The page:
I know I might step on some toes with this one and I (truly) apologize in advance. I’m really not trying to be divisive or mean. I hope you’ll be understanding.
I’m not sure when this trend began–somewhere in the eighties, I’m sure, alongside the self-esteem movement. Parents were suddenly thrust into a world of comparison and competition. Oh, well, my kid did this and my kid did that. Out of this movement grew the increased pressure for children to perform.
Labels were slapped around liberally. Excelling. Talented. Superior. And my least favorite…
I am tired of hearing about kids who are “gifted.” There, I said it. If your kids are gifted, please, don’t hate me. Let me explain…
God is not preoccupied with a child’s “giftedness” as the world defines it. He made them that way, yes. He can and often does use someone’s intelligence to bring glory to Himself. But being “gifted” is not His primary concern for our children and, thus, it shouldn’t be ours either.
Does that mean God doesn’t want our kids to do well in school? Of course not. Does that mean that He doesn’t care about the details of our kids’ lives, including how stimulated, challenged, and engaged they are with their world? Of course not.
God cares more than we can imagine about the things we as parents care about. He is, after all, a parent Himself. But what He really cares about is character.
He is less concerned about whether or not your kid read War and Peace in 2 days, is toying with the Pythagorean Theorum, or built the winning science fair volcano that spews actual lava (although that would be suh-weeeeet).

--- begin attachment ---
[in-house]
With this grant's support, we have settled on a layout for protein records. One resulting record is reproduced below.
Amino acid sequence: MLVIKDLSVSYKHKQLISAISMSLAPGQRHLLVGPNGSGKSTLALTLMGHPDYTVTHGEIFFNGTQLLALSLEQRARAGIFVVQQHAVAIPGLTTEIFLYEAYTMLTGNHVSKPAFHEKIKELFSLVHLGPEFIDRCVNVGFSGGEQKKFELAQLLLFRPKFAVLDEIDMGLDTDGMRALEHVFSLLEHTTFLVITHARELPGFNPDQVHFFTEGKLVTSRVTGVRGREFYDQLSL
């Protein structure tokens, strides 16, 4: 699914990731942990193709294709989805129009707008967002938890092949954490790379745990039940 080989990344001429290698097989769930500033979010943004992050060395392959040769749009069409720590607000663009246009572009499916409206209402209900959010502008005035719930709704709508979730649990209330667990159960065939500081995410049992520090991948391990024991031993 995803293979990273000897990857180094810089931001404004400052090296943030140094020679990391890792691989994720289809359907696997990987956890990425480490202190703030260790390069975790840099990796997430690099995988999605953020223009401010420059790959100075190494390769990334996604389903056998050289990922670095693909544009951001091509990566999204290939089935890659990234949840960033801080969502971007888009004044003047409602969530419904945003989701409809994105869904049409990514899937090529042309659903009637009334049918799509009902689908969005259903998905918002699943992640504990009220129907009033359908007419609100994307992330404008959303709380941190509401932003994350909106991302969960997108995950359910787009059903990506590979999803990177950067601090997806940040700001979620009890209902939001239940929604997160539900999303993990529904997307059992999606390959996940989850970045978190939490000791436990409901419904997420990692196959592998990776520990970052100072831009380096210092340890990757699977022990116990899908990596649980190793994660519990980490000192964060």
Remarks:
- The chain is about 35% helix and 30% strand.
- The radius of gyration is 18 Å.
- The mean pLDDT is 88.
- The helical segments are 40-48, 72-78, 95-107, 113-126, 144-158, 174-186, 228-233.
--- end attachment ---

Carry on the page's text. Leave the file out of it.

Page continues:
He does care, however, if your child sat next to the fat kid at the lunch table. He does care about whether or not your child stood up to the bully on the playground. He does care about whether your child is kind to other children, including their siblings.
And I get it. It’s easy to emphasize how smart we think our kids are–I fall into the trap myself sometimes. It is fulfilling to tout test scores, list accelerated classes, and brag about advanced reading or math programs. It feels good.
I also get that, in our culture, unfortunately, a person’s academic success (followed by their material success) is too often what we emphasize. People don’t ask, “Is you son kind?” or “Is your daughter full of integrity?” They ask “What math class is he in?” or “What college has he applied to?”
I personally deal with this temptation, as I live in Snottsdale Scottsdale, Arizona, a city notorious for being superficial and shallow. Moms here drive designer strollers to match their designer handbags. The playground is a hotbed of “comparison temptation,”–ranging from first steps to preschool admissions.
When I am tempted to brag about my kids’ brains (because I mean, come on, they are smarties) to makeup for my own insecurities, I try to remember that God isn’t concerned with that, so why should I be.
I congratulate my kids for the things they do well. I encourage them when they first learn to write their letters or discover a new math concept. But I don’t tell them that those things determine their worth. I don’t emphasize intelligence to the point that they think it matters most. Instead, I emphasize the things that God cares about–if they obey mommy and daddy, if they share their toys with others, if they are quick to listen and slow to anger.
I love my daughter’s character. I love her big heart and willingness to freely give. I love my son’s kindness and compassion. God does, too…and that’s worth bragging about.
Okay, so let’s hear it. Do you think the concept of gifted children is over-hyped or totally appropriate? Are you ever tempted to emphasize worldy traits over spiritual character? Come on “gifted” commenters, lay it on me!